AlxGa1−xN (X=0˜1) has a surface trap density comparable to the channel charge of the transistor with the traps in deep donor states with activation energy ranging from 0.7 to 1.8 eV (depending on X). During HEMT operation, the traps capture channel electrons. The slow trapping and de-trapping process degrades transistor speed, which largely degrades the power performance at microwave frequencies.
It is believed that the trap density of a AlGaN/GaN based HEMTs is dependent upon the surface and volume of the AlGaN barrier layer. Reducing the thickness of the AlGaN layer reduces the total trapping volume, thereby reducing the trapping effect during high frequency operation. However, reducing the thickness of the AlGaN layer can have the undesirable effect of increasing the gate leakage. During normal operation a bias is applied across the source and drain contacts and current flows between the contacts, primarily through the 2DEG. However, in HEMTs having thinner AlGaN layers, current can instead leak into the gate creating an undesirable current flow from the source to the gate. Also, the thinner AlGaN layer can result in a reduction in the HEMT's available maximum drive current.
The present invention seeks to provide an improved AlGaN/GaN HEMT that addresses the above problems by having a thin AlGaN layer to reduce trapping and also having additional layers to reduce gate leakage and increase the maximum drive current. The invention also discloses methods for manufacturing HEMTs with these characteristics.
One HEMT according to the present invention comprises a high resistivity semiconductor layer with a barrier semiconductor layer on it. The barrier layer has a wider bandgap than the high resistivity layer and a two dimensional electron gas forms between the barrier and high resistivity layers. Source and drain contacts are included that contact the barrier layer, with part of the surface of the barrier layer uncovered by the contacts. An insulating layer is included on the uncovered surface of the barrier layer. A gate contact is deposited on the insulating layer with the insulating layer forming a barrier to gate leakage current and also increasing the HEMT's maximum current drive.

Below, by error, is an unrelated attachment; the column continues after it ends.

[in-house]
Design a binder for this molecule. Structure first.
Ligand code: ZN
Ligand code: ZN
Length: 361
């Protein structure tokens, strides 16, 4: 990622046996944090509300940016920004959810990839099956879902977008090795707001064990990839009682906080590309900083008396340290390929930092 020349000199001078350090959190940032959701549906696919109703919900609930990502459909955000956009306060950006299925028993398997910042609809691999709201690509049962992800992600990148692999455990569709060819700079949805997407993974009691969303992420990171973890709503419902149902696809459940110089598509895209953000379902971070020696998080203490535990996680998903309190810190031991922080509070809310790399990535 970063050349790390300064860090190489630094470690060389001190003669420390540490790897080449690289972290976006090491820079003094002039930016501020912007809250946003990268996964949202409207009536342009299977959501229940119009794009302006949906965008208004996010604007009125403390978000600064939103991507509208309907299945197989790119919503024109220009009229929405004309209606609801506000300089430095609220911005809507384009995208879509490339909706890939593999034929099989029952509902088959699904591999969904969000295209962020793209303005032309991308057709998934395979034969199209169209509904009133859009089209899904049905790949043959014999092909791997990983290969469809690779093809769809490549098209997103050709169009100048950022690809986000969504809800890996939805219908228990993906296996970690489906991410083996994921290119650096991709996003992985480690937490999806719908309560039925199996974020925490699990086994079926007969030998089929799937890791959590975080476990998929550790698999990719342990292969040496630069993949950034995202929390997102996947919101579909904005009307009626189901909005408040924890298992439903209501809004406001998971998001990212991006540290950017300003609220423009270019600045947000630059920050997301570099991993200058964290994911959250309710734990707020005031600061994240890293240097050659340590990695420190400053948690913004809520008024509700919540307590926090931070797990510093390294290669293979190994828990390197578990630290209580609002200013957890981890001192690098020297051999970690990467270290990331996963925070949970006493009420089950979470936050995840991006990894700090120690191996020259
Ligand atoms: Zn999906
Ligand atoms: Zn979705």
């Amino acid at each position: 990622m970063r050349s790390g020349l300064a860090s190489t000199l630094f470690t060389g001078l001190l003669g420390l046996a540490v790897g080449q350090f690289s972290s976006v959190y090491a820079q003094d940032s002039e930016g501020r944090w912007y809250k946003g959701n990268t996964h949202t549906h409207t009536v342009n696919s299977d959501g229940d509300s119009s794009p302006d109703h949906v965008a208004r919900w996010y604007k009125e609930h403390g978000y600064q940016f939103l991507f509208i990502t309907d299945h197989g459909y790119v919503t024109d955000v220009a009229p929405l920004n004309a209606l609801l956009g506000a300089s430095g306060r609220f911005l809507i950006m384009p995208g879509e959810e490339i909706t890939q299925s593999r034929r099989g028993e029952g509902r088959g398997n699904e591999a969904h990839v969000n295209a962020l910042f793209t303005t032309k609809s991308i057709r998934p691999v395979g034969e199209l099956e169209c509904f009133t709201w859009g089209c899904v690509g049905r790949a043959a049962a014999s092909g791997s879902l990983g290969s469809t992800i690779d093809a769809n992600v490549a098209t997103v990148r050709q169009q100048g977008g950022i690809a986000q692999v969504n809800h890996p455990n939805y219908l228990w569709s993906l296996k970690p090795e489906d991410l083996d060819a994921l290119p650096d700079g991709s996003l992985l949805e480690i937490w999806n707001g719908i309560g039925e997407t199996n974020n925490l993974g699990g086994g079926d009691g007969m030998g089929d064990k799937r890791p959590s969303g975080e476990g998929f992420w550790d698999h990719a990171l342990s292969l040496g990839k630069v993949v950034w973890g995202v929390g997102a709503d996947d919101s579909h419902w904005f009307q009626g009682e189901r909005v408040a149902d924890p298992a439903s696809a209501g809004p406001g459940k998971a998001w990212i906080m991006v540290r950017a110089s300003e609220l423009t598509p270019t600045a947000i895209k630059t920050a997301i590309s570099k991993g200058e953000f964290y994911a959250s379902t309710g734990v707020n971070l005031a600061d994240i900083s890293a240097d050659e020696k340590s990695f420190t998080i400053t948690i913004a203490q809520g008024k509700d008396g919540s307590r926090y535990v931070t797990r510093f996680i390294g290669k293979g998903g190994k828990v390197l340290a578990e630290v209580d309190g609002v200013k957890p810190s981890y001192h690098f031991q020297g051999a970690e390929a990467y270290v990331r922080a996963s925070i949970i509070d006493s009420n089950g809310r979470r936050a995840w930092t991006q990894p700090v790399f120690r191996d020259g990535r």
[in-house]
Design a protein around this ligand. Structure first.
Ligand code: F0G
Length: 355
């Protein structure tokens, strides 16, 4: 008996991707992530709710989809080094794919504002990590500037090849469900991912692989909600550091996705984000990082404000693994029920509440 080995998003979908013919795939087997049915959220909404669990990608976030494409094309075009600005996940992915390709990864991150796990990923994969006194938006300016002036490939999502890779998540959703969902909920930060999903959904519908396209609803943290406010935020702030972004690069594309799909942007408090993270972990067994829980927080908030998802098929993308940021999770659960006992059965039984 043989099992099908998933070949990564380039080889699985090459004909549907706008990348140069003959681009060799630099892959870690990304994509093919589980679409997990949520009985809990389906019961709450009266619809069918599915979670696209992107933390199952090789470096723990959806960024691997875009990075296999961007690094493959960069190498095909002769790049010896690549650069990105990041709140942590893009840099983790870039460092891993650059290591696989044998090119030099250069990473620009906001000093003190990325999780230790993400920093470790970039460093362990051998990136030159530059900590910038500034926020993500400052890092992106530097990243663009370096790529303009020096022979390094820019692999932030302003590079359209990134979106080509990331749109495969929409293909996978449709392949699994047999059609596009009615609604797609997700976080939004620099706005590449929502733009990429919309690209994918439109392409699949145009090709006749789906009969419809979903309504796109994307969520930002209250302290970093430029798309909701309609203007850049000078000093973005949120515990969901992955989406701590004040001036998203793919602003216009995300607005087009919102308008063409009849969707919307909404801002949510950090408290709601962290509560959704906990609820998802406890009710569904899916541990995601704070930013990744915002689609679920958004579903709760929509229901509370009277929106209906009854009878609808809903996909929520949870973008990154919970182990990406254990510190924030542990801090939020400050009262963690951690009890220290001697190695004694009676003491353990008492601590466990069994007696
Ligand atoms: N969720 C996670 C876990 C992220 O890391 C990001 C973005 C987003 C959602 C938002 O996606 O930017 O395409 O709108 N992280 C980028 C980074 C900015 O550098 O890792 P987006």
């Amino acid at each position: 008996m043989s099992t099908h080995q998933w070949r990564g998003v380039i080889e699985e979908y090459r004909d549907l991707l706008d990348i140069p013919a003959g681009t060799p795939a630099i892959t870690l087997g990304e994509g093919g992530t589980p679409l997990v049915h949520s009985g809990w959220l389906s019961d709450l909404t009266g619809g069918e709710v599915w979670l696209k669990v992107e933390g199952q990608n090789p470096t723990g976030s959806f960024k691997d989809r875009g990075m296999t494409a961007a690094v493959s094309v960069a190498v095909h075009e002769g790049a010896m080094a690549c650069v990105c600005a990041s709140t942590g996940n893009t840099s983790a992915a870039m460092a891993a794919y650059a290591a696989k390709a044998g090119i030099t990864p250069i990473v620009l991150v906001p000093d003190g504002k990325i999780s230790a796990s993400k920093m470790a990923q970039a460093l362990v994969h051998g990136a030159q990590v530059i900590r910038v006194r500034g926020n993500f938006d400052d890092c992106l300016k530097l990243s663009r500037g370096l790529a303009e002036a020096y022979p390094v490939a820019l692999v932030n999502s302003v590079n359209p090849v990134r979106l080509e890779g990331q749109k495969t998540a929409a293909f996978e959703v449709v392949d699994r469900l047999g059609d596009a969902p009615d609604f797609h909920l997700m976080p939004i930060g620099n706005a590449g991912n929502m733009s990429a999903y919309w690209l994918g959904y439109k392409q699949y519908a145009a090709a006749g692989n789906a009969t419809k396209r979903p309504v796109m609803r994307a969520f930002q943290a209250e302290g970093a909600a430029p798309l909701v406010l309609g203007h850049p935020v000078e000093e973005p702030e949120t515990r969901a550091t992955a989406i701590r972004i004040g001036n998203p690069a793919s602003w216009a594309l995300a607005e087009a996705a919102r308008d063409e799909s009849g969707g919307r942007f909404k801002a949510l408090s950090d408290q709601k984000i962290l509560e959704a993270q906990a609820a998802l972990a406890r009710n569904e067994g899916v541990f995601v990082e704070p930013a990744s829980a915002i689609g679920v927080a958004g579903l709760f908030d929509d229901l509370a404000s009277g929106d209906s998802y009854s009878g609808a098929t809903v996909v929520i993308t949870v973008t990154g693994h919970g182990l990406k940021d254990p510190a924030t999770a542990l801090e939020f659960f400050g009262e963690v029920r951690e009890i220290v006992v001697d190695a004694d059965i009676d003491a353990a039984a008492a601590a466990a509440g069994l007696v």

The invention also includes methods for fabricating HEMTs according to the present invention. In one method, the active layers of the HEMT are formed on a substrate in a metal-organic chemical vapor deposition reactor. Source gasses are then fed into the reactor for “in-situ” formation of an insulating layer on the active HEMT's active layer. The HEMT can then be removed from the reactor for further processing.
Another method for fabricating HEMTs according to the present invention includes forming the active layers of a HEMT on a substrate. The substrate is then placed in a sputtering chamber where the insulating layer is sputtered onto the top surface of the HEMT active layers. The HEMT can then be removed from the sputtering chamber for further processing.
These and other further features and advantages of the invention would be apparent to those skilled in the art from the following detailed description, taking together with the accompanying drawings, in which:
Silicon carbide has a much closer crystal lattice match to Group III nitrides than sapphire and results in Group III nitride films of higher quality. Silicon carbide also has a very high thermal conductivity so that the total output power of Group III nitride devices on silicon carbide is not limited by the thermal dissipation of the substrate (as is the case with some devices formed on sapphire). Also, the availability of semi insulating silicon carbide substrates provides the capacity for device isolation and reduced parasitic capacitance that make commercial devices possible. SiC substrates are available from Cree Research, Inc., of Durham, N.C. and methods for producing them are set forth in the scientific literature as well as in a U.S. Pat. Nos. Re. 34,861; 4,946,547; and 5,200,022.
The HEMT 10 includes a high resistivity layer 20 on the buffer layer 12 and a barrier layer 18 on said high resistivity layer 20 such that the high resistivity layer 20 is sandwiched between the barrier layer 18 and the buffer layer 12. The barrier layer 18 is typically about 0.1 to 0.3 micrometers thick and the barrier layer 18, high resistivity layer 20, and buffer layer 12, are preferably formed on the substrate 11 by epitaxial growth or ion implantation.
The HEMT also includes source and drain contacts 13, 14 that are on the surface of the high resistivity layer 20. The barrier layer 18 is disposed between the contacts 13 and 14, with each contacting the edge of the barrier layer. An insulating layer 24 is included on the barrier layer 18 between the contacts 13 and 14. In the embodiment shown, the insulating layer 24 covers the entire barrier layer 18, but in other embodiments (one described below) all of the barrier layer 18 is not covered. The layer 24 can be made of many different materials including but not limited to silicon nitride (SiN), aluminum nitride (AlN), silicon dioxide (SiO2) or a combination incorporating multiple layers thereof.
The contacts 13 and 14 are usually separated by a distance in the range 1.5 to 10 micrometers for microwave devices. A rectifying Schottky contact (gate) 16 is located on the surface of the insulator layer 24 between the source and drain contacts 13 and 14, and it typically has a length in the range of 0.1 to 2 micrometers. The total width of the HEMT depends on the total power required. It can be wider than 30 millimeters, with the typical width being in the range of 100 microns to 6 millimeters.